Devil’s Tower. Theodoore Roosevelt made it the nation’s first monument in 1906.

We arrived at Devil’s Tower a couple of hours before sunset and were blown away by its size and surroundings and the beautiful late afternoon sun shining it. If you can believe it, there were several people climbing it, and they were more than halfway up.

There’s a really nice path around the base, which is a little more than a mile long. We hiked it, saw some deer in the forest, listened to the wind rustle through the aspen trees, and soaked it all up.

When we left Devil’s Tower, the moon was rising right next to it, and as we drove toward our hotel for the evening, the sunset seemed to last forever.

From Wyoming, we headed in to Montana, where we picked up my mom and spent a few days visiting my uncle. We spent one afternoon in Bozeman at the excellent Museum of the Rockies – a must for dinosaur lovers. This picture above is an actual T Rex skeleton (not a cast).

While in Montana, we also went horseback riding at the Chico Hot Springs Resort. The scenery was spectacular and the horses (Rebecca, Jake, Ruben and Roper) were easy riding partners.

Here are the girls immediately following the ride:

This is what pure joy looks like.

We stayed in Livingston, Montana, which is about 50 miles from the north entrance of Yellowstone. We took two day trips there (these pictures are a combination of both days):

Exploring small hot springs in this little stream – it felt like bath water.

This is a view of Mammoth Hot Springs near the north entrance.

Can you guess what they’re waiting for? Here’s a hint:

Old Faithful! It erupts every 90 minutes, or so, give or take 10 minutes.

We also saw lots of stinky sulphur pits, like this one, as well as waterfalls, rivers, and Lake Yellowstone.

Animals we spotted along the way included a huge herd of bison, elk, antelope, deer, a coyote and a wolf.

Just south of Yellowstone is Grand Teton National Park. The mountains are very vertical and gorgeous:

Here’s another view. It was a beautiful day:

We drove through the park, but didn’t spend time here – it was our last full day and we were headed all the way across Wyoming and down to Colorado, to spend the night outside of Denver and catch a flight the next morning.

Here’s a fun thing we learned:

Remember how I said that I put little blue Moleskine journals in the girls’ travel bags and noted that they looked like passports? Turns out that at the National Parks, they have little stations where you can stamp your Park Passport (or notebook or journal) with a stamp that looks like a postage mark. We had no idea! We discovered it at Devil’s Tower (and therefore missed getting stamps at Mt. Rushmore and the Badlands). But we had a lot of fun finding as many stations as we could around Yellowstone (there were several). So, the next time you are at a National Park, look for the passport/stamp station. The one at Devil’s Tower is particularly fun, because they have a stamp that looks just like Devil’s Tower itself.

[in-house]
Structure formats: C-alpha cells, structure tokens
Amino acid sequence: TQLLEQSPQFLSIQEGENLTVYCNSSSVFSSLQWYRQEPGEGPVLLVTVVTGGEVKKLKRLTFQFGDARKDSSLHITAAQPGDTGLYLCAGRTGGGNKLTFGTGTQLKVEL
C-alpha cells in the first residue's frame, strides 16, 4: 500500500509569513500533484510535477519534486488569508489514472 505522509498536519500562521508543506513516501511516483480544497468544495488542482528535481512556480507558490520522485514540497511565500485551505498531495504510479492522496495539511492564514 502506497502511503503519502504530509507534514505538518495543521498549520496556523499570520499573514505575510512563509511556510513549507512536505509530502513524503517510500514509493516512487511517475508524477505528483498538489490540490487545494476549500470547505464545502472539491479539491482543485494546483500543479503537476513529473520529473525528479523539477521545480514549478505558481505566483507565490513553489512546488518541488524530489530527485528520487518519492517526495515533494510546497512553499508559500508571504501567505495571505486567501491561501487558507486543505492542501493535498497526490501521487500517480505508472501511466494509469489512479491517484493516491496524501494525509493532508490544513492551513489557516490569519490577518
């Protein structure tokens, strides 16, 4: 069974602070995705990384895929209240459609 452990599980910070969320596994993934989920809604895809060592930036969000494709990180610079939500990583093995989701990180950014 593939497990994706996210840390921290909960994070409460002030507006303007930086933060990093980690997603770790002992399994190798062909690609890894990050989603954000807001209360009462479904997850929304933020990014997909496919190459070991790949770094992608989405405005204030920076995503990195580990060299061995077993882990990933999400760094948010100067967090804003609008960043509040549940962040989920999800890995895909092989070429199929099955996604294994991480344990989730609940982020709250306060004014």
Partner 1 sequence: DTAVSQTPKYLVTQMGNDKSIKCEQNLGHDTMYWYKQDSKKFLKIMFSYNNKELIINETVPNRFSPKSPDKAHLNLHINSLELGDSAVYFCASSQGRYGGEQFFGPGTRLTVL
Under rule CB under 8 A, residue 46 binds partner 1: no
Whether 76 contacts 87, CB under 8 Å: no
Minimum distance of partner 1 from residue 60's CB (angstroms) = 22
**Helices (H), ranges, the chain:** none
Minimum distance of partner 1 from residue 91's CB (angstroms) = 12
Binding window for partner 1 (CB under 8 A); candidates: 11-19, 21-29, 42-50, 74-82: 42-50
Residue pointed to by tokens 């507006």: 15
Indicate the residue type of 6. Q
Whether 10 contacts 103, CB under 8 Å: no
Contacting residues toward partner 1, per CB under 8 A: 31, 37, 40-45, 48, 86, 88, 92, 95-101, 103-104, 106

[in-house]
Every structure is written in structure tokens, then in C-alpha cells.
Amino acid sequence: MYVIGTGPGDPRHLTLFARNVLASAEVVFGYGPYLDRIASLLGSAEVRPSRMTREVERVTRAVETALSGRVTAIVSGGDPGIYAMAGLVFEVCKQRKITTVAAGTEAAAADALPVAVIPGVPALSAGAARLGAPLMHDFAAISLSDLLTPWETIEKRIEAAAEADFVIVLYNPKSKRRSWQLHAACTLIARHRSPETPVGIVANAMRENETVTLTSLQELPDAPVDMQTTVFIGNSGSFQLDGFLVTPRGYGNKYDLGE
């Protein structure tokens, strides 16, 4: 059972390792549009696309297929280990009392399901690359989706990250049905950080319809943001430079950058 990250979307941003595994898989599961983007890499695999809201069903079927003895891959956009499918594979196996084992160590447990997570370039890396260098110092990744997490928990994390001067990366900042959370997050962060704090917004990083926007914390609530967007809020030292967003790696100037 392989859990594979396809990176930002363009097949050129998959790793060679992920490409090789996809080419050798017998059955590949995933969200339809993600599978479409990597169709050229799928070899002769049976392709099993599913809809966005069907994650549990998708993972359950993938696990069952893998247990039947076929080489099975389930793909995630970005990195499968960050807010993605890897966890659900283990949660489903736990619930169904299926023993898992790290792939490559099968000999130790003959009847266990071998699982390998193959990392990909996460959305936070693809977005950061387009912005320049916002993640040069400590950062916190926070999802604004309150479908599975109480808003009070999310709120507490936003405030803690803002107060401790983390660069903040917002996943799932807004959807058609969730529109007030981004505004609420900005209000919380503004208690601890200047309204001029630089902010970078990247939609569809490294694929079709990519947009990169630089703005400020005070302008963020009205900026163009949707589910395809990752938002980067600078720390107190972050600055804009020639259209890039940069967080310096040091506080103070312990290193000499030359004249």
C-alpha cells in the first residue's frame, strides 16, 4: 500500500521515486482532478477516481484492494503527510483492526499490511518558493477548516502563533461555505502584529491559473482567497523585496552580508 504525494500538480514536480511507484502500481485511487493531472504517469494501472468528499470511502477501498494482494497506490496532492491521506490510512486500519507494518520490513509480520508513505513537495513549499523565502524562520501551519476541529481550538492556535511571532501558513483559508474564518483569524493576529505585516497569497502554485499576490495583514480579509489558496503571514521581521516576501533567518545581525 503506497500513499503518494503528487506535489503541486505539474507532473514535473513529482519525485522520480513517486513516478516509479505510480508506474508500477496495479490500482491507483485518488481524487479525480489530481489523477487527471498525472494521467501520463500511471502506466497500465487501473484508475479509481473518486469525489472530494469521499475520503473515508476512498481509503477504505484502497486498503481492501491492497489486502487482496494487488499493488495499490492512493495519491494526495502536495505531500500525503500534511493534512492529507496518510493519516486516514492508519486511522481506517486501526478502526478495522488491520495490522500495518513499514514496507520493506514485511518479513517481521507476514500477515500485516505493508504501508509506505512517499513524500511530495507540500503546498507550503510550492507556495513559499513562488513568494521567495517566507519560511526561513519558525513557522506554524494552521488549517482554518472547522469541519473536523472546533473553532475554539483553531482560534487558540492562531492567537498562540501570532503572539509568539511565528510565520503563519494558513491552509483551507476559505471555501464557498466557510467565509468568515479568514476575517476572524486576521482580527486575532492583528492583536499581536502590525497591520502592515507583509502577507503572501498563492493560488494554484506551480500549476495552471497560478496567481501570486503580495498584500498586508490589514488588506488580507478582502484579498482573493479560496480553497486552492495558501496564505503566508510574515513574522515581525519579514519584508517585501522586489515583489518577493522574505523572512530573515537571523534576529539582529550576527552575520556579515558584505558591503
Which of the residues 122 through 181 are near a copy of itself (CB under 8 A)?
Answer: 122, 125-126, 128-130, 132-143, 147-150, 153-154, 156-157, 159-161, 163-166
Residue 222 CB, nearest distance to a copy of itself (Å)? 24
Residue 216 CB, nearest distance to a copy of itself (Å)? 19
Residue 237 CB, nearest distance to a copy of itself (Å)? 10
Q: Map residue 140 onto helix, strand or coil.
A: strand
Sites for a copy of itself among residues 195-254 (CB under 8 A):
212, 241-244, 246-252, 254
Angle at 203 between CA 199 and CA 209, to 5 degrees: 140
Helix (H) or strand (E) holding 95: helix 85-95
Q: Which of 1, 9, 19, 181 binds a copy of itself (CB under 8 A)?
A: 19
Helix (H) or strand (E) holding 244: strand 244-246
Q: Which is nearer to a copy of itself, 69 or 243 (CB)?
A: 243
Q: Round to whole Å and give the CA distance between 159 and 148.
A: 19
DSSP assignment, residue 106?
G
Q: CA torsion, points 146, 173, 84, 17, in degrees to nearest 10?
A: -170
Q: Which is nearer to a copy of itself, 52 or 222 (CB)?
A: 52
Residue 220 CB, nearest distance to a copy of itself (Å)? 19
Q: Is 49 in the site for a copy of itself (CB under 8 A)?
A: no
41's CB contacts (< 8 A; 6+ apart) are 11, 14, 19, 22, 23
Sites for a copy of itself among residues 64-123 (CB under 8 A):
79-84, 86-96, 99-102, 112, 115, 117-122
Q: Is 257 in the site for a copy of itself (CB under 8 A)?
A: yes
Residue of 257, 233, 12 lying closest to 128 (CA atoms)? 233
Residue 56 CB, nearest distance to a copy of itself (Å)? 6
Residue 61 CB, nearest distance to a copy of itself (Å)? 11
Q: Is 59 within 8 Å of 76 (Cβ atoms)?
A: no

With 2500 miles of driving on this trip, mishaps were bound to happen. Like leaving our laptop power cord at a hotel, which took them four days just to put in the mail (perhaps they sent it by Pony Express – it took forever for it to arrive back home). Also, my iPhone took a two mile joyride on the roof of the car as we traveled the road up to Devil’s Tower and fell off only when we pulled into the parking lot. Unscathed. (A miracle, right?)  And the worst of the mishaps: a bird flew into our car as we were driving through the Badlands (we noticed a lot of birds skittish of the car would take flight right in front of us – we nearly hit a couple more). The worst part is that we didn’t notice until the next day that when the bird hit us, it had gotten lodged in the grill of our car. Oops. Sorry little birdie.

The bird incident notwithstanding, this was a great trip, and I feel lucky and grateful that we did it. Have you been to any of these places before? Our three favorites of the trip were Devil’s Tower, horseback riding and visiting Yellowstone.

Next Monday is Labor Day here in the US, so I’ll be taking that day off to enjoy the last full day of summer vacation before the girls go back to school. I hope to see you back here on Tuesday.

Thanks for letting me share these pictures, and have a great weekend!

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Travel Memories

Piling into the station wagon, always having to sit in the way back.

The rare stay at a hotel, the smell of chlorine from the pool

Free hotel postcards (and an unlimited supply of ice from the ice machine)

Coveted souvenirs

And visiting Grandma, aunts, uncles and cousins.

Vacation starts today! I am taking a break from Charlotte’s Fancy next week, except that I hope to post a picture or two along the way. See you back here soon!

(Station wagon) demossscott
(Hotel/pool postcard) Erin Liz
(Howard Johnson postcard) sueism1
(Niagara Falls snowglobe) Olivander
(Family) own photo

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Maps to Love

If you haven’t seen these already, these are just the most beautiful maps by These Are Things:

World Map/Aqua – this one is my favorite.

World Map/Black

Letterpressed World Map

I also really like these Places on Earth and Places in America maps by You and Me, the Royal We. They come with pins for marking all the places you’ve visited:

Which one is your favorite?